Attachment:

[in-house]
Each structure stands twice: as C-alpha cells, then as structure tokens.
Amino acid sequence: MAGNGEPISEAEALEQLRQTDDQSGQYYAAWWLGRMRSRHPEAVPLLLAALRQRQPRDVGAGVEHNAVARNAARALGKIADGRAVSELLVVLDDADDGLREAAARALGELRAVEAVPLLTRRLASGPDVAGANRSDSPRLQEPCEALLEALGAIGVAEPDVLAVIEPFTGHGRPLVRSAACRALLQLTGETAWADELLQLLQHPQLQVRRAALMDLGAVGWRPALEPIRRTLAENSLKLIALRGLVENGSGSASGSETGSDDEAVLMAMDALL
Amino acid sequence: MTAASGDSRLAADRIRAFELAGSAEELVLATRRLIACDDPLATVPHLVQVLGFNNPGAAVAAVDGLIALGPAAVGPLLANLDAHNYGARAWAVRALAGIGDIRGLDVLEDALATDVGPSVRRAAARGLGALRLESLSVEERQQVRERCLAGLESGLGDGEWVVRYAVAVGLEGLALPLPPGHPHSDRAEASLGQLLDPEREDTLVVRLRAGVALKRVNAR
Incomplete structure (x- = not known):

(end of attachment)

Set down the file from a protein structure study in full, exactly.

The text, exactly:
[in-house]
Each structure stands twice: as C-alpha cells, then as structure tokens.
Amino acid sequence: MAGNGEPISEAEALEQLRQTDDQSGQYYAAWWLGRMRSRHPEAVPLLLAALRQRQPRDVGAGVEHNAVARNAARALGKIADGRAVSELLVVLDDADDGLREAAARALGELRAVEAVPLLTRRLASGPDVAGANRSDSPRLQEPCEALLEALGAIGVAEPDVLAVIEPFTGHGRPLVRSAACRALLQLTGETAWADELLQLLQHPQLQVRRAALMDLGAVGWRPALEPIRRTLAENSLKLIALRGLVENGSGSASGSETGSDDEAVLMAMDALL
Amino acid sequence: MTAASGDSRLAADRIRAFELAGSAEELVLATRRLIACDDPLATVPHLVQVLGFNNPGAAVAAVDGLIALGPAAVGPLLANLDAHNYGARAWAVRALAGIGDIRGLDVLEDALATDVGPSVRRAAARGLGALRLESLSVEERQQVRERCLAGLESGLGDGEWVVRYAVAVGLEGLALPLPPGHPHSDRAEASLGQLLDPEREDTLVVRLRAGVALKRVNAR
Incomplete structure (x- = not known):